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Jeff Christian and the Zero-Energy House
David Zaks, 30 Jan 07
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Jeff Christian directs the Buildings Technology Center at the Oak Ridge National Labs. Over the last four years he has conducted research on five prototype houses that cost between 60 cents and one dollar a day in energy costs to operate. The talk was part of the Weston Global Distinguished Lecture series sponsored by the Center for Sustainability and the Global Environment (Disclaimer: I am pursuing my graduate degree there).  The 3-hour long seminar that he delivered is available on the web as both slides and video (Zero Energy Series pt 1 & 2).


David Zaks:
Jeff, why don't you tell me a little bit about what you do.

Jeff Christian: The Oak Ridge National Laboratory is a multi-disciplinary laboratory, and as far as energy efficiency, is the largest of the national laboratories in the country working on all aspects: transportation, industry, utilities and buildings. In the buildings area, there are about sixty of us that are working on various aspects of buildings everything from individual components, residential buildings, commercial buildings, combined heating and power, pretty much the whole gamut. As far as sponsorship, historically, most of our work is with the Department of Energy, although when it comes to buildings, it is the Energy Efficiency and Renewable Energy that comes out of DoE. The Building Technology Center is an interesting concept in it is a user facility, so it houses some fairly expensive pieces of equipment for making measurements on new roofs, walls, foundations, and appliances and heating and air conditioning equipment. We invite manufacturers, individuals and entrepreneurs to come in to use these facilities and the idea is not "we work for money" but we want you to come in a collaborate with us and the idea is that they wouldn't have to invest in expensive research equipment, we would have that and be able to work with them to help. The underlying theme is energy improvements in the improvements of buildings, or components of buildings.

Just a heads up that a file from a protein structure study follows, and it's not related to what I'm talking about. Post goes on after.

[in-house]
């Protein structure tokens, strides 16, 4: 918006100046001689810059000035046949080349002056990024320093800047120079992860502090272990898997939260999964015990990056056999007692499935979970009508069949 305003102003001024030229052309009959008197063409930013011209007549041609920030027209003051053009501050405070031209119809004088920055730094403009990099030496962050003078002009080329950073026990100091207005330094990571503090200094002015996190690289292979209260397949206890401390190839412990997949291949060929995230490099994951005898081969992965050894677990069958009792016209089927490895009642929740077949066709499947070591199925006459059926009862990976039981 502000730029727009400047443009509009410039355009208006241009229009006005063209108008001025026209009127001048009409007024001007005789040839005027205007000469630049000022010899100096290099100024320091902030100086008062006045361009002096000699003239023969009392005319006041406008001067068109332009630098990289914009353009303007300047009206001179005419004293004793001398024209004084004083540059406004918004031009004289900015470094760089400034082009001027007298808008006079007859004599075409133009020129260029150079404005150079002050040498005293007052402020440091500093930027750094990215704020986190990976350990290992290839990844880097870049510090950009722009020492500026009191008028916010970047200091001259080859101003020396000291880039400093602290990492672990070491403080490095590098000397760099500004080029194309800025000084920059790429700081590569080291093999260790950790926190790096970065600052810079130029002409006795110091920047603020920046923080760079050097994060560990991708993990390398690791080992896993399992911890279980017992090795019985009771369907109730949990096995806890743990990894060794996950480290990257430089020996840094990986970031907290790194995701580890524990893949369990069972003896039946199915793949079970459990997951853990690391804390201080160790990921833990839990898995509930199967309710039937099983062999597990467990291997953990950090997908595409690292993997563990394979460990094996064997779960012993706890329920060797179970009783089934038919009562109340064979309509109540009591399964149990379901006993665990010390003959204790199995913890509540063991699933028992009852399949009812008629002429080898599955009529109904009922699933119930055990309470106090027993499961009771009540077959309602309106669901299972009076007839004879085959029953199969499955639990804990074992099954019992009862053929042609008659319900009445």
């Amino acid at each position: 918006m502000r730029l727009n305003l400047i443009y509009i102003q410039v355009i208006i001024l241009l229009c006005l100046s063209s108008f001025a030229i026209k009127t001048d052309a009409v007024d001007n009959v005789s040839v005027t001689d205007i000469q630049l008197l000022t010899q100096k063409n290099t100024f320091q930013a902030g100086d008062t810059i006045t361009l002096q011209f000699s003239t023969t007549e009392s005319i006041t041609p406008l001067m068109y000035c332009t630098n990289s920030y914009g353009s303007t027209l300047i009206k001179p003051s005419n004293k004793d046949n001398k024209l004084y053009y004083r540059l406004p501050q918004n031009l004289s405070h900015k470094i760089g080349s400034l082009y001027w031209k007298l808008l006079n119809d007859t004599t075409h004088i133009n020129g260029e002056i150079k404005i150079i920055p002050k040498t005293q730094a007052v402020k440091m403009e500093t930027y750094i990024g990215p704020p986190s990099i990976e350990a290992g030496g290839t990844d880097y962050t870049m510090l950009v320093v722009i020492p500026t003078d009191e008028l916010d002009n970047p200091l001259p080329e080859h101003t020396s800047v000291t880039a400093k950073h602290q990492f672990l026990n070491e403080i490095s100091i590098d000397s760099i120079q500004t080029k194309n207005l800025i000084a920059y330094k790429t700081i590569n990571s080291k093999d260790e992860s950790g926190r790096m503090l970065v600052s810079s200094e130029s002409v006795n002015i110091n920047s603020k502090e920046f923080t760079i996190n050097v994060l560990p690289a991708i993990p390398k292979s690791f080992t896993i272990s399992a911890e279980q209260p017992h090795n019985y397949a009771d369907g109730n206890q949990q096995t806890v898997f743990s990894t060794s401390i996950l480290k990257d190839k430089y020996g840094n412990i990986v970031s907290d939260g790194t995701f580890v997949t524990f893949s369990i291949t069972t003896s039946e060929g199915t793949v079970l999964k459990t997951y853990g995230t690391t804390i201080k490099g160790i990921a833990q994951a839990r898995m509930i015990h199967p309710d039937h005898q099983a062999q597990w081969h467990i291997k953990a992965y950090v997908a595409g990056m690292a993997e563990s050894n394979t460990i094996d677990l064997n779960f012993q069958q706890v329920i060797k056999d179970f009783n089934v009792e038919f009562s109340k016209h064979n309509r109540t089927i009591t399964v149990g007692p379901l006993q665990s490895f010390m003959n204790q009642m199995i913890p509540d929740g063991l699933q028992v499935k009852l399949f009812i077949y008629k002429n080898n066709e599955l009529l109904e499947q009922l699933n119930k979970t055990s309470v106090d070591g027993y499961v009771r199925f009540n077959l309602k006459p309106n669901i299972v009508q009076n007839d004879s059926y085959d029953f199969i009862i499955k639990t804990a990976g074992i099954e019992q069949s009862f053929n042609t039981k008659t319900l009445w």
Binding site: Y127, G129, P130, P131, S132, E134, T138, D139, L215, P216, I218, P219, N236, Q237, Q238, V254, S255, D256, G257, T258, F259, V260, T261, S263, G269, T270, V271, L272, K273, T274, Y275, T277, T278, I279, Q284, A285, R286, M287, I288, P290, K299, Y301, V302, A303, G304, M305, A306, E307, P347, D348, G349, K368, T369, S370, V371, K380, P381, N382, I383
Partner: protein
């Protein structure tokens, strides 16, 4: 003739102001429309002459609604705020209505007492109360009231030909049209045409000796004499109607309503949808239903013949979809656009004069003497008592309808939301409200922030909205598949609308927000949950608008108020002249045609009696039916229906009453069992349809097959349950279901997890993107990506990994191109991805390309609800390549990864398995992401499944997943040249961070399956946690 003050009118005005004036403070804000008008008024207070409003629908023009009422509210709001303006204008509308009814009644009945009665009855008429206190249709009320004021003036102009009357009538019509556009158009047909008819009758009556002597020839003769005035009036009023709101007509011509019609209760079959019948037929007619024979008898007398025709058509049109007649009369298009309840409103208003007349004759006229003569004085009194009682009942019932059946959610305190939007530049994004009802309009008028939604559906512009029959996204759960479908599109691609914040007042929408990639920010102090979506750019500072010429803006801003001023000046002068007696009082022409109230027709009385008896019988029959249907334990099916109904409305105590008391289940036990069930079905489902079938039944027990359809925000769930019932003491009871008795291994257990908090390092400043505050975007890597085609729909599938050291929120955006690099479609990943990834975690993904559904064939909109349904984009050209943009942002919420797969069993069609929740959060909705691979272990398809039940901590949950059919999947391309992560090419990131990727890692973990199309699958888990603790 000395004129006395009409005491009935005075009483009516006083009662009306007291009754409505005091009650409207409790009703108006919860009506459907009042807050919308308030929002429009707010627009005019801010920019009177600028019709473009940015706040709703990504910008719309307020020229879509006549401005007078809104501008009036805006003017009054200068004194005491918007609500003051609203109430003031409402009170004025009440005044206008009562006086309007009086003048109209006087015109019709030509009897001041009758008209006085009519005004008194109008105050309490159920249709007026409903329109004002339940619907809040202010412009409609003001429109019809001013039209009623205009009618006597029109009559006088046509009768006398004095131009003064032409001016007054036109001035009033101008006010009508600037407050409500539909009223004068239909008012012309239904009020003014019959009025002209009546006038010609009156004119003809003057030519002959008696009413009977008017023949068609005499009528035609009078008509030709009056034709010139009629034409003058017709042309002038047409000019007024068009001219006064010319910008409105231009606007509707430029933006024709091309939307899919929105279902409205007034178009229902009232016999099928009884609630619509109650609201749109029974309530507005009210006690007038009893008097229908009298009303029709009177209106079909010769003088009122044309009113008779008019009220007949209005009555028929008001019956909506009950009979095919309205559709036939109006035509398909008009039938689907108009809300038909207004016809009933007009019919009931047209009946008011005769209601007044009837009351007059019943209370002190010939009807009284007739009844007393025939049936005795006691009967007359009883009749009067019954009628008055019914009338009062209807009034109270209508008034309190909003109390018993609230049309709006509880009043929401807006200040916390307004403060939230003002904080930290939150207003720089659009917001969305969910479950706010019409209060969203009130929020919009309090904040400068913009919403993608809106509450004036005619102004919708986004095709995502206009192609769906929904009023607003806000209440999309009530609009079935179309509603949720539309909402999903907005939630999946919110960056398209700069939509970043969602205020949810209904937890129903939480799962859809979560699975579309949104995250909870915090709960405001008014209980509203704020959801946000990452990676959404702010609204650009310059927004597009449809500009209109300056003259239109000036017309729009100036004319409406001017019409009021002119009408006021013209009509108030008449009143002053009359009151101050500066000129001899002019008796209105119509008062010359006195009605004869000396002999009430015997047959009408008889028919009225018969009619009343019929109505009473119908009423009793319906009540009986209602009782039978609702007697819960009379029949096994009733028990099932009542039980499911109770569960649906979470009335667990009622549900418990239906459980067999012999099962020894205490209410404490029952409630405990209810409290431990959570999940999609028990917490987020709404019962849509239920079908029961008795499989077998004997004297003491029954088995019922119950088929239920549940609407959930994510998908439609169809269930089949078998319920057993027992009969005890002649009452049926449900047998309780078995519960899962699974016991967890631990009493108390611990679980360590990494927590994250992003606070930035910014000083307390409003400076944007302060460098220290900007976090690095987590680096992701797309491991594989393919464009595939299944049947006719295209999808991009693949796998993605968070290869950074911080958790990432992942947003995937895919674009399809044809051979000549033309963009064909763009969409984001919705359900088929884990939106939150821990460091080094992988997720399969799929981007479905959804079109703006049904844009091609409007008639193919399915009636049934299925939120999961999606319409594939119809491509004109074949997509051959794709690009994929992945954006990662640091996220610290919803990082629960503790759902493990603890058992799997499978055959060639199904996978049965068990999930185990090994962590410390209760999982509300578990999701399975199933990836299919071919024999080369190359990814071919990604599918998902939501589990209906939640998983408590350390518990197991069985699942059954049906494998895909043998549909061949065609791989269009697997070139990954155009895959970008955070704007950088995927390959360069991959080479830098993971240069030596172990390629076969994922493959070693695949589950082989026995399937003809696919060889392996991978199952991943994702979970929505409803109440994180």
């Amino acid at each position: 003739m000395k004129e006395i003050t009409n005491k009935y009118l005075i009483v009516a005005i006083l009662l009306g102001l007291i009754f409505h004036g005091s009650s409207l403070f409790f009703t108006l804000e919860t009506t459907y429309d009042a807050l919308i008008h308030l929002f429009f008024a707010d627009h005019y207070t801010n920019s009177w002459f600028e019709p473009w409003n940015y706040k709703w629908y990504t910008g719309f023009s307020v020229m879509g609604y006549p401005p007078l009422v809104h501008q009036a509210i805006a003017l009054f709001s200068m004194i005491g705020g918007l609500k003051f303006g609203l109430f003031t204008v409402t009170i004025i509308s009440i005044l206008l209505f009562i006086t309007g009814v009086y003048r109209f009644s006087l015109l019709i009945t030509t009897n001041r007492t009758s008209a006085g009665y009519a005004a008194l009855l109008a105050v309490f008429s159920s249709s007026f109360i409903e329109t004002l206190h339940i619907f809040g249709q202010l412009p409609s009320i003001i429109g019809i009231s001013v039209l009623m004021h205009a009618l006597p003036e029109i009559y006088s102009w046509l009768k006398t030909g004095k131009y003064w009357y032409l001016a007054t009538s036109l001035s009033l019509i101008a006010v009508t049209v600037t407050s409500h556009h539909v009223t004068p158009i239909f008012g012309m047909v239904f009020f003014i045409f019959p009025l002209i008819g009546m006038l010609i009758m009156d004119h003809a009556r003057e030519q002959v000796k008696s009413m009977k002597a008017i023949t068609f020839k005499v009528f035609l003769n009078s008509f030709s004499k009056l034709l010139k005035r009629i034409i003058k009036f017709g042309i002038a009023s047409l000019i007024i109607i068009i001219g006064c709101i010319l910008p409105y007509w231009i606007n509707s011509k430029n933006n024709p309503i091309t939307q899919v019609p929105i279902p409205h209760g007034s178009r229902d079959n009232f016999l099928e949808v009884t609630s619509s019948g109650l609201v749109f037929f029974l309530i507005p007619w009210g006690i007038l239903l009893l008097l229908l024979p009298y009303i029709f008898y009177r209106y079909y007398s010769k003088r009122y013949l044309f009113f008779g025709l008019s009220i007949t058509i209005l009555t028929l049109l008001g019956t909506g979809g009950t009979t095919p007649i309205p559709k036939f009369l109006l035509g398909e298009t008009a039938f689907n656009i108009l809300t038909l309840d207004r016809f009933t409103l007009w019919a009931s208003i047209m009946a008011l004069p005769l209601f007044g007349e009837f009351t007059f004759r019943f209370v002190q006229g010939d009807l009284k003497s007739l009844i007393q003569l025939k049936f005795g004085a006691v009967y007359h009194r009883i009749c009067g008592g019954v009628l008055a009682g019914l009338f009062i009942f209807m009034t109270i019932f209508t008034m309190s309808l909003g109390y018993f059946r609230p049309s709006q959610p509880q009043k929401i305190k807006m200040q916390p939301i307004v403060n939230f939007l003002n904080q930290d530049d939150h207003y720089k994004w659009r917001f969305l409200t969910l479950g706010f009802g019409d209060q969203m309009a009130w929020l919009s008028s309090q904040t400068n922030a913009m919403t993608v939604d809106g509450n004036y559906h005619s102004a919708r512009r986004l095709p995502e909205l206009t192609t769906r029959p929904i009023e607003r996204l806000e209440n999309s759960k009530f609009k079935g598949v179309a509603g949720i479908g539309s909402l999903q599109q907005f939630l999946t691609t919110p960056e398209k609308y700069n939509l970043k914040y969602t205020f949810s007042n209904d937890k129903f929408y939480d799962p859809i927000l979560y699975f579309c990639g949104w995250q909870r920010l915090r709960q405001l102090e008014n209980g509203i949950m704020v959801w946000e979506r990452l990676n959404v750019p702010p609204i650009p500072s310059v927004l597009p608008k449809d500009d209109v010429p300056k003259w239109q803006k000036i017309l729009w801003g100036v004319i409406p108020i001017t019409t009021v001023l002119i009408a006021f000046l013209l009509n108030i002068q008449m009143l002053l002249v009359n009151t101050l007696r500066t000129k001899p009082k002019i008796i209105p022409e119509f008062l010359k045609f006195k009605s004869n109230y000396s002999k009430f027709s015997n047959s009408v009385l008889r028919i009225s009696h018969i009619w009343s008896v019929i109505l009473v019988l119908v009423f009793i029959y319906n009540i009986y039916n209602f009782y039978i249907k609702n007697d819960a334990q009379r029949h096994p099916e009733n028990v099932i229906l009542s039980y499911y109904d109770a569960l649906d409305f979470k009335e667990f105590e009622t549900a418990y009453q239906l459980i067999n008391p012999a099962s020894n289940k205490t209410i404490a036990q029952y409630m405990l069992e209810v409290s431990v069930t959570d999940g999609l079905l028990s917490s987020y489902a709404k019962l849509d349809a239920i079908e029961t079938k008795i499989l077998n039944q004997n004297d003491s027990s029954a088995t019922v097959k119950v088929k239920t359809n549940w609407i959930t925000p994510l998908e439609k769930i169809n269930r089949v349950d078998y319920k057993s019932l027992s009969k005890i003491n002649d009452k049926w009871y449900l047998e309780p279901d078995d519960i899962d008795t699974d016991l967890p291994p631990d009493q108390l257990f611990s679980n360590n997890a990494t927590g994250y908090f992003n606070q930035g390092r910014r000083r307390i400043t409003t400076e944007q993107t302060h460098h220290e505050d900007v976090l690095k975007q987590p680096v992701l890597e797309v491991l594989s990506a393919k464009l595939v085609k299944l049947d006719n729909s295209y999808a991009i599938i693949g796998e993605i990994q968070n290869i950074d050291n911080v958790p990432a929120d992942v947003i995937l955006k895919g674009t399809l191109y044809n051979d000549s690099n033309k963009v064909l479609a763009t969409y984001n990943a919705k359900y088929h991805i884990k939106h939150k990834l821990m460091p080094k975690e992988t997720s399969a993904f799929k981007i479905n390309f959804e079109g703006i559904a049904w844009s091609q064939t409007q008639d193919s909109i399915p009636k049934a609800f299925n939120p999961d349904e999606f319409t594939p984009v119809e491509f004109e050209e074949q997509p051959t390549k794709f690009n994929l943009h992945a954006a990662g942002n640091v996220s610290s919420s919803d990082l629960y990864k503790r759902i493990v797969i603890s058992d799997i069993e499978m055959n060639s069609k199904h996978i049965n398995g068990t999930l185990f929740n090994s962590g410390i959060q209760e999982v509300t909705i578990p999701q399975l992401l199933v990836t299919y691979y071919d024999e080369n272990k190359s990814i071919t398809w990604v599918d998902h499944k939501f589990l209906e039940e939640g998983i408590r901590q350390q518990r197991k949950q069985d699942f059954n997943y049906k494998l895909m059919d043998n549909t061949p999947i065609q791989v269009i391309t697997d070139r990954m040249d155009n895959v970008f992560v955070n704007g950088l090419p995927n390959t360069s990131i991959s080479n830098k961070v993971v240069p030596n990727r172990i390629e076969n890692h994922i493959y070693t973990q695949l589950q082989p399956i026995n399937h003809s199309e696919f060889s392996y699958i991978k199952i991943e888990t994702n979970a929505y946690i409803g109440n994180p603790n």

DZ: Last month we reported that in the next 10 years all new houses in the UK are going to be zero-carbon.  How close is the US to this kind of goal. What is it going to take to get there?

JC: At this point, I think we are quite a long ways away, but I am part of a program called Building America, and that is a major theme coming out of the Department of Energy where they have set as a goal, and the year of attainment is something like the year 2020 that we would have zero-energy buildings and the technical definition of that is quite precise and you would have expected energy services, so we aren't talking about radical lifestyle alterations to get there. We have been progressing towards zero-energy and we have committed ourselves and Congress and the people who fund us that we will make gradual improvements as the years go on. We are not working with a very isolated group, major builders who are building 50,000 houses a year embrace our participation. We help them get to the Energy Star level, and if they weren't doing it, why not? Today, we are at somewhere between 30-40%, from our base code-built house in 2004, cost effectively. It is great to be able to find a market where people demand these type of houses from their builders, is what really has to happen, although there is clearly some research and development that needs to be there to do this on a cost effective basis.

DZ: What do think it is going to take to get the demand to be there? What steps from the public and private realms need to be taken to educate consumers about the benefits of zero-energy home?

JC: It is going to be a combination. Codes and standards are getting more and more rigorous, and all help to raise the bottom end, but we are very much going way beyond that. Today in places like California, there are entire subdivisions that are going in as very near zero-energy and if you look at the Sacramento Municipal Utility District, there are examples of developments whose results are very positive. It is the combination of a little bit of solar and energy efficiency. I have watched energy efficiency go from front page to past the classifieds, back to front page and it hasn't stuck and I think that if you look at people's attention spans in crises, that is what has taken place. The idea of the pizazz of a little bit of solar and at times actually running meters backwards has created a revenue stream that is quite attractive, and I think when that is realized we will accelerate towards our goal of zero-energy housing.

DZ: Higher upfront costs can severely limit the implementation of more efficient technologies, even though they more than pay for themselves in the long-run. What strategies are available for builders and owners to overcome these financial challenges?